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Alums, students petition PepsiCo CEO’s honorary degree

Students link CEO to Trump administration, cultural appropriation,

Updated May 28 at 10:17 p.m. 

An online petition signed by alums and students calls for the University to stop its plans to award PepsiCo Chair and CEO Indra Nooyi an honorary degree.

The petition, which as of May 28 has 811 signatures, states that the University should not award Nooyi an honorary degree because she supports President Trump’s administration and PepsiCo appropriates “social movements” and has a supply chain that is “riddled with irresponsibly produced palm oil.” According to the petition, awarding Nooyi an honorary degree contradicts the fact that the University “prides itself on promoting positive social change through academic excellence, revelatory research and passionate students and staff.”

Every year, the University awards honorary degrees to select individuals who are chosen for their “distinction and accomplishment, recognizing their contribution to society in a myriad of fields and disciplines,” according to the University’s website. This year, Nooyi is one of six honorary degree recipients.

As chairperson and CEO of PepsiCo for over 10 years, Nooyi introduced the company’s Performance with Purpose philosophy, “which promotes making healthier products, practicing sustainability and supporting the people who live and work in our communities,” according to a University press release. Fortune magazine has ranked Nooyi as “the most powerful woman in business,” according to the press release.

“Recipients in any given year are pioneers, visionaries and individuals who have served their communities in important ways,” Director of News and Editorial Development Brian Clark wrote in an email to The Herald.

Despite the petition, Nooyi will receive her honorary degree at today’s Commencement. Clark declined to comment on the content of the petition. “Our values align with direct dialogue and engagement on matters of interest to members of the Brown community. The University does not feel that our values encouraging dialogue and engagement align with responding through the news media to matters expressed in online petitions,” he wrote.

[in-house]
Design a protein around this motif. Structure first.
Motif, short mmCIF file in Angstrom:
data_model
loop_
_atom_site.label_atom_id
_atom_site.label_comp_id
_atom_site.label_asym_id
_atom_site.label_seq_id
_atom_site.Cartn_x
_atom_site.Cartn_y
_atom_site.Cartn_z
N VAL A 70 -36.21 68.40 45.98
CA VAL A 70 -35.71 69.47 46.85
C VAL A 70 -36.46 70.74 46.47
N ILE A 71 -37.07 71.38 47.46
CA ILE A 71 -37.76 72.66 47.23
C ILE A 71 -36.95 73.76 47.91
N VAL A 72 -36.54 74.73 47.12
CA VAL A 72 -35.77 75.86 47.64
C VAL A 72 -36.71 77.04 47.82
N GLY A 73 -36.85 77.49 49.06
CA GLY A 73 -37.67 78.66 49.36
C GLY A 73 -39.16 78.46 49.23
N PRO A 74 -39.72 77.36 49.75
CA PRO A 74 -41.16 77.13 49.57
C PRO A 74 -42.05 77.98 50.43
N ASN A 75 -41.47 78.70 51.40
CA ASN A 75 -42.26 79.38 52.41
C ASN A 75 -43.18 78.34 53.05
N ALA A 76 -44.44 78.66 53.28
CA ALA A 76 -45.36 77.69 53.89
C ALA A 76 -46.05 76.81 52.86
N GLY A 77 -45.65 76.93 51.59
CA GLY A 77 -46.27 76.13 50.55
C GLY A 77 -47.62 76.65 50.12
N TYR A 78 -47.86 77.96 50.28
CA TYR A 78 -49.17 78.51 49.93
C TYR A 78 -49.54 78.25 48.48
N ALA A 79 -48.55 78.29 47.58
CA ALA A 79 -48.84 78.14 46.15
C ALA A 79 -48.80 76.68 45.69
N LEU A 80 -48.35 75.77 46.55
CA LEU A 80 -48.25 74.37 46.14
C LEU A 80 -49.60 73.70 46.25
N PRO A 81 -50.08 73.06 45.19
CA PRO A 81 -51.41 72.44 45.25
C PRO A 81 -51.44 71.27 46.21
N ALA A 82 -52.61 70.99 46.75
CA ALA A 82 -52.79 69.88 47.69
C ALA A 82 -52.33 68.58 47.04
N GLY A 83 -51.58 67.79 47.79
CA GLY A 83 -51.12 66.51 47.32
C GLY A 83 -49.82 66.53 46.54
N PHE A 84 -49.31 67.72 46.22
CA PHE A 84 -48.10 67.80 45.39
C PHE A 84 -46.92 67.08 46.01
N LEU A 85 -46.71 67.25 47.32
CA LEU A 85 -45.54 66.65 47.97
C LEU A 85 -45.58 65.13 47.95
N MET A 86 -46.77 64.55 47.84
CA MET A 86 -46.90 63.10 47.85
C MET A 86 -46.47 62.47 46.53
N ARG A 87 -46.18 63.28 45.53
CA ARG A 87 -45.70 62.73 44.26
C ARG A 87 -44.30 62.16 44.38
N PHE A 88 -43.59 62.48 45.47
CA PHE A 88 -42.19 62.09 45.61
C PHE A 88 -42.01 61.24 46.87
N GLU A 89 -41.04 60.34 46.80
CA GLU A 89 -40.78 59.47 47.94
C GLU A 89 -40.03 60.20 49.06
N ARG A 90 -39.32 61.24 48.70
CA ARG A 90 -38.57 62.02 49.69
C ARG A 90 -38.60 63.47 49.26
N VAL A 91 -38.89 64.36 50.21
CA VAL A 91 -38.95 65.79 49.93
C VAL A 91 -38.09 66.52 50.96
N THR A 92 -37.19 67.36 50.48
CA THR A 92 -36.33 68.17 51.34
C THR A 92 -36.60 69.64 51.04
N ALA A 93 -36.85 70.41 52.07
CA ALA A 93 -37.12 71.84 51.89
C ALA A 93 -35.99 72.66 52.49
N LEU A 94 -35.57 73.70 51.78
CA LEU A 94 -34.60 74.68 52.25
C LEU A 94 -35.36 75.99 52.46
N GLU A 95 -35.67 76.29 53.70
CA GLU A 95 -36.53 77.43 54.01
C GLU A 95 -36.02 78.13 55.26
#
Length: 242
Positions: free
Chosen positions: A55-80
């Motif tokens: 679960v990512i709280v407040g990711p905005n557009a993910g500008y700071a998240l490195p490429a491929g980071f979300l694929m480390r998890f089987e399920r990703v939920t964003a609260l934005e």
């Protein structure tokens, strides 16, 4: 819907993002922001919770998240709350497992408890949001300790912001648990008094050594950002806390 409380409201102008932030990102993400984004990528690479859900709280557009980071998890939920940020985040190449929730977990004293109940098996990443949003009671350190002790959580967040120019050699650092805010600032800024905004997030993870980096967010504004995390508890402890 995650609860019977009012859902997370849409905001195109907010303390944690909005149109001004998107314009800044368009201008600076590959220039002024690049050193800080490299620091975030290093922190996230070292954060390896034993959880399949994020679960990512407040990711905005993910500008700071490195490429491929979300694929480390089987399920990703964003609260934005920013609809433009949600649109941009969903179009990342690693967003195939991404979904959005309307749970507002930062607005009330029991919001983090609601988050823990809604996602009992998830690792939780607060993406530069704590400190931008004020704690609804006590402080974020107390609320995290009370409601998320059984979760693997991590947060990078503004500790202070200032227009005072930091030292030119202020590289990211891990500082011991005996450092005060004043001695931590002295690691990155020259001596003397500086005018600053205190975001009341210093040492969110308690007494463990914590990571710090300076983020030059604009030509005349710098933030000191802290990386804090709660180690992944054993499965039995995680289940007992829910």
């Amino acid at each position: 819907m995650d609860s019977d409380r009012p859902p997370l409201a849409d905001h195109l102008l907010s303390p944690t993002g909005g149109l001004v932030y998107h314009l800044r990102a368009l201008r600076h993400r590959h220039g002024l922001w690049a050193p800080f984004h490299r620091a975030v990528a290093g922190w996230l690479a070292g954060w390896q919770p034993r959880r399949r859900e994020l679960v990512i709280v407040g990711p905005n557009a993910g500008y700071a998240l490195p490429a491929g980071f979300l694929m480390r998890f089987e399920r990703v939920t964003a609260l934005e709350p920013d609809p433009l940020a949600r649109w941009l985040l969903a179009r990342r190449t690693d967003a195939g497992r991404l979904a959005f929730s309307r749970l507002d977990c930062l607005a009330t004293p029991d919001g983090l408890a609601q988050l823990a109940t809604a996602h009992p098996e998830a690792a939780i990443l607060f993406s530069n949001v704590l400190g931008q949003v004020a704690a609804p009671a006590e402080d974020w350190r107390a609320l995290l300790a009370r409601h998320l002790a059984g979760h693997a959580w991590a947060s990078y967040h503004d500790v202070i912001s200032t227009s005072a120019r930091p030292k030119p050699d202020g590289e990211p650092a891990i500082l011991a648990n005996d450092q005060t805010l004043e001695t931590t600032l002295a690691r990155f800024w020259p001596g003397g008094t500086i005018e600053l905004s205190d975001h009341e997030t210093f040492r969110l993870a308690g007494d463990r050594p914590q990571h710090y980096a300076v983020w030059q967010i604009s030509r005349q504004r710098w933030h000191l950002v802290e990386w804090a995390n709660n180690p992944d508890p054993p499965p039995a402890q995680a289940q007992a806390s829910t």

Honorary degree candidates are selected by the Board of Fellows, a body within the Corporation, “after consultation with a faculty-student advisory committee,” according to the University’s website.

But those behind the petition are unconvinced that Nooyi deserves recognition from the University because of her work at PepsiCo. “I decided to join forces with fellow Brown alumni and students to use this opportunity to raise awareness to the various injustices PepsiCo commits and profits off of,” Charlotte Biren ’16, creator of the petition, wrote in an email to The Herald. “I also believe that this is a powerful moment to reiterate our commitment to a more just world.”

Though the petition is addressed to President Christina Paxson P’19, Biren has not sent the petition to the president since it has not reached its goal of 1,000 signatures. Regardless, the “goal is for the petition to increase awareness on PepsiCo's malpractices and encourage Brown to recognize those as well under Indra Nooyi’s leadership,” Biren wrote. To raise awareness, “the petition was circulated through personal social media accounts and also through environment action channels such as Rainforests Action Network,” Biren wrote.

The claims in the petition are unfounded and inaccurate, said PepsiCo’s Executive Vice President of Communications Jon Banner.

"(PepsiCo and its employees) respect, welcome and encourage advocacy on important issues facing society. All of us have roles to play in improving and protecting our world, and we are incredibly proud of the work we are doing across PepsiCo to make our products healthier, promote sustainable practices and strengthen communities. We hope people take the time to learn the facts about our company and the positive impact our efforts are making," Banner wrote in a statement to The Herald regarding the petition.

Nooyi joined Trump’s business advisory council in December 2016, though she angered many Trump supporters with remarks she made after the election, including saying that many of her employees questioned their safety after the election.

“As a Fortune 500 company, we engage with lots of different governments,” Jon Banner. “She’s done that with several administrations — there (are) 25 other CEOs on the panel.”

Benner also denied the claims that PepsiCo uses “irresponsibly produced palm oil.” Palm oil, taken from palm fruit, is used in many consumer products, including PepsiCo's products. The palm oil industry has been under fire due to its connections to deforestation, animal extinction, human rights violations and climate change. The petition singles out IndoFood, a food manufacturer that PepsiCo works with, for “exploiting its workers and putting children to work on its plantations.”

“We're not using palm oil linked to any of what (the petition) says,” Banner said.

Furthermore, in a statement directed at the Rainforest Action Network, Pepsico said it “recognizes that there are significant environmental and human rights challenges facing the palm oil industry. … Because of our relationship with Indofood, PepsiCo has worked with all parties to help resolve the complaint, consistent with our commitment to the UN Guiding Principles on Business and Human Rights.”

While Nooyi has yet to receive her honorary degree, the University has only twice before revoked an honorary degree, The Herald previously reported. This occurred most recently in 2015 when the University revoked Bill Cosby’s honorary degree following 35 sexual assault allegations.


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